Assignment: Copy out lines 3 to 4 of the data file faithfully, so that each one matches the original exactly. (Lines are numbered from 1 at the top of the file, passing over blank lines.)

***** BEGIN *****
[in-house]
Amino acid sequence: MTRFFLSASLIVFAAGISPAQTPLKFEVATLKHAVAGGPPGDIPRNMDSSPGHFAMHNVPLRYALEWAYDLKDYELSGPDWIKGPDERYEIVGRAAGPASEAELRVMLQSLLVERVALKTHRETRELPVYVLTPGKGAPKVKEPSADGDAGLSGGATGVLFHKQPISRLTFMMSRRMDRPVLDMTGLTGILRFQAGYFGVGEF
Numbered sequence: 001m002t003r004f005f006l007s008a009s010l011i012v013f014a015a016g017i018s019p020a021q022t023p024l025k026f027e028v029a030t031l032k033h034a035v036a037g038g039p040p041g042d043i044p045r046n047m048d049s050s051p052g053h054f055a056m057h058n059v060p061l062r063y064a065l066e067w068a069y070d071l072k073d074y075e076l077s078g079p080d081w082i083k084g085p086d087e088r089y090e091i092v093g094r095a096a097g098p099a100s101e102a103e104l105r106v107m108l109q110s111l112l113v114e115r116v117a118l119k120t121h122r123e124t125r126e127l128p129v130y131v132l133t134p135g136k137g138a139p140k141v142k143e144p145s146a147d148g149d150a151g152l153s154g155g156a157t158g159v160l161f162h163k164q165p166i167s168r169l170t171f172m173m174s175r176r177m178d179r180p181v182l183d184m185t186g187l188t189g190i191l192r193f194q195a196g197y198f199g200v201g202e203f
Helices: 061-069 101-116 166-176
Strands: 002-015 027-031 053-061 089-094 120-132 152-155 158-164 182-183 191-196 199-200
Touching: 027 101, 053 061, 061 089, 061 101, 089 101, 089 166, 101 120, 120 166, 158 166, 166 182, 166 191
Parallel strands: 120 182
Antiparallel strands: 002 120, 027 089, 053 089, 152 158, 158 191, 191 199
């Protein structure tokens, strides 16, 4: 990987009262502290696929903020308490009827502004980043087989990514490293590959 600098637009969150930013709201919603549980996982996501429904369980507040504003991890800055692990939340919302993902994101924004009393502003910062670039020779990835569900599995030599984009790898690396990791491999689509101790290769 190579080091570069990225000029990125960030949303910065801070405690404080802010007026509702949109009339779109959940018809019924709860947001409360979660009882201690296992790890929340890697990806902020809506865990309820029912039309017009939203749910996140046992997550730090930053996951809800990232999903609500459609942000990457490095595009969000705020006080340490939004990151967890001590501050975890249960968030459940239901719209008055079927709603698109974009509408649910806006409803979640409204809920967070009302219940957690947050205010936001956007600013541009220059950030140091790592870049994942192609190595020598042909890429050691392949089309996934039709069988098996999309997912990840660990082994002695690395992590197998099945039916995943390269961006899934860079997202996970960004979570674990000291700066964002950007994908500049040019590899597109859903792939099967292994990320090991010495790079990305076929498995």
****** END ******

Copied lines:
Numbered sequence: 001m002t003r004f005f006l007s008a009s010l011i012v013f014a015a016g017i018s019p020a021q022t023p024l025k026f027e028v029a030t031l032k033h034a035v036a037g038g039p040p041g042d043i044p045r046n047m048d049s050s051p052g053h054f055a056m057h058n059v060p061l062r063y064a065l066e067w068a069y070d071l072k073d074y075e076l077s078g079p080d081w082i083k084g085p086d087e088r089y090e091i092v093g094r095a096a097g098p099a100s101e102a103e104l105r106v107m108l109q110s111l112l113v114e115r116v117a118l119k120t121h122r123e124t125r126e127l128p129v130y131v132l133t134p135g136k137g138a139p140k141v142k143e144p145s146a147d148g149d150a151g152l153s154g155g156a157t158g159v160l161f162h163k164q165p166i167s168r169l170t171f172m173m174s175r176r177m178d179r180p181v182l183d184m185t186g187l188t189g190i191l192r193f194q195a196g197y198f199g200v201g202e203f
Helices: 061-069 101-116 166-176